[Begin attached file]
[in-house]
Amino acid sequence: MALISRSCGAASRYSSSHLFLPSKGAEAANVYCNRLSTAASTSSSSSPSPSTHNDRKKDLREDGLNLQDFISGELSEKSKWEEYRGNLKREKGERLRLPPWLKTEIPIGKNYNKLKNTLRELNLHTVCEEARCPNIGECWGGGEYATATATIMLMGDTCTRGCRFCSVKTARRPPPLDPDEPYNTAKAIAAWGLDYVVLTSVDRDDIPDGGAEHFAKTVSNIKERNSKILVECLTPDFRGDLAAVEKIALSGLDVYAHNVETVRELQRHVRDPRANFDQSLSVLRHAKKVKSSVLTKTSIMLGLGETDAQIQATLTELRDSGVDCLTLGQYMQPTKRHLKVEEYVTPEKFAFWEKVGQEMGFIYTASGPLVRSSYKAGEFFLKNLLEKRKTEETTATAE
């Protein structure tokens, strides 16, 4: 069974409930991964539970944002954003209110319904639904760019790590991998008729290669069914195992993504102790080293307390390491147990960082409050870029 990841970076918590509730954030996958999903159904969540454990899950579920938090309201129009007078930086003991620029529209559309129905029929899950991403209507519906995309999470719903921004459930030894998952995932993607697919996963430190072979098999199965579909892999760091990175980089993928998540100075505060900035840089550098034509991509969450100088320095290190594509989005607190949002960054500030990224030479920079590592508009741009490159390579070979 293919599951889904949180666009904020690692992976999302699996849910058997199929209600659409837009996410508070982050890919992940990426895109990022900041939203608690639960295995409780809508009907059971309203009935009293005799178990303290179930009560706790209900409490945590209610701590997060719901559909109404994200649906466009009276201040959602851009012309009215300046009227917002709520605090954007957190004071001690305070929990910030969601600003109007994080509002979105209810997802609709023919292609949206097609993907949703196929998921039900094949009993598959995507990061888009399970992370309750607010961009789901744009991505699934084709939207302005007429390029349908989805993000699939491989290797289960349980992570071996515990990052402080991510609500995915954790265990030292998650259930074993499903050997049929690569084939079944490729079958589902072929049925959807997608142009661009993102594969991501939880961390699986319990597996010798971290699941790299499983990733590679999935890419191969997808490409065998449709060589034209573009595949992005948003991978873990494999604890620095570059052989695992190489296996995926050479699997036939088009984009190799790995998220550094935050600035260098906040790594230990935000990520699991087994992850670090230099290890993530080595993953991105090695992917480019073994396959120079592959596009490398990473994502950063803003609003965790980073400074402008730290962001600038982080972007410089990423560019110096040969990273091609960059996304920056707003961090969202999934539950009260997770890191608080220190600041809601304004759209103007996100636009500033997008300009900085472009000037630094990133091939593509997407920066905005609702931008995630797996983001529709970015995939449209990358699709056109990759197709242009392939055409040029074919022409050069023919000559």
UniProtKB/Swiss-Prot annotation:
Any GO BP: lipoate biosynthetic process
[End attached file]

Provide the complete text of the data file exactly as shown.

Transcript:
[in-house]
Amino acid sequence: MALISRSCGAASRYSSSHLFLPSKGAEAANVYCNRLSTAASTSSSSSPSPSTHNDRKKDLREDGLNLQDFISGELSEKSKWEEYRGNLKREKGERLRLPPWLKTEIPIGKNYNKLKNTLRELNLHTVCEEARCPNIGECWGGGEYATATATIMLMGDTCTRGCRFCSVKTARRPPPLDPDEPYNTAKAIAAWGLDYVVLTSVDRDDIPDGGAEHFAKTVSNIKERNSKILVECLTPDFRGDLAAVEKIALSGLDVYAHNVETVRELQRHVRDPRANFDQSLSVLRHAKKVKSSVLTKTSIMLGLGETDAQIQATLTELRDSGVDCLTLGQYMQPTKRHLKVEEYVTPEKFAFWEKVGQEMGFIYTASGPLVRSSYKAGEFFLKNLLEKRKTEETTATAE
């Protein structure tokens, strides 16, 4: 069974409930991964539970944002954003209110319904639904760019790590991998008729290669069914195992993504102790080293307390390491147990960082409050870029 990841970076918590509730954030996958999903159904969540454990899950579920938090309201129009007078930086003991620029529209559309129905029929899950991403209507519906995309999470719903921004459930030894998952995932993607697919996963430190072979098999199965579909892999760091990175980089993928998540100075505060900035840089550098034509991509969450100088320095290190594509989005607190949002960054500030990224030479920079590592508009741009490159390579070979 293919599951889904949180666009904020690692992976999302699996849910058997199929209600659409837009996410508070982050890919992940990426895109990022900041939203608690639960295995409780809508009907059971309203009935009293005799178990303290179930009560706790209900409490945590209610701590997060719901559909109404994200649906466009009276201040959602851009012309009215300046009227917002709520605090954007957190004071001690305070929990910030969601600003109007994080509002979105209810997802609709023919292609949206097609993907949703196929998921039900094949009993598959995507990061888009399970992370309750607010961009789901744009991505699934084709939207302005007429390029349908989805993000699939491989290797289960349980992570071996515990990052402080991510609500995915954790265990030292998650259930074993499903050997049929690569084939079944490729079958589902072929049925959807997608142009661009993102594969991501939880961390699986319990597996010798971290699941790299499983990733590679999935890419191969997808490409065998449709060589034209573009595949992005948003991978873990494999604890620095570059052989695992190489296996995926050479699997036939088009984009190799790995998220550094935050600035260098906040790594230990935000990520699991087994992850670090230099290890993530080595993953991105090695992917480019073994396959120079592959596009490398990473994502950063803003609003965790980073400074402008730290962001600038982080972007410089990423560019110096040969990273091609960059996304920056707003961090969202999934539950009260997770890191608080220190600041809601304004759209103007996100636009500033997008300009900085472009000037630094990133091939593509997407920066905005609702931008995630797996983001529709970015995939449209990358699709056109990759197709242009392939055409040029074919022409050069023919000559």
UniProtKB/Swiss-Prot annotation:
Any GO BP: lipoate biosynthetic process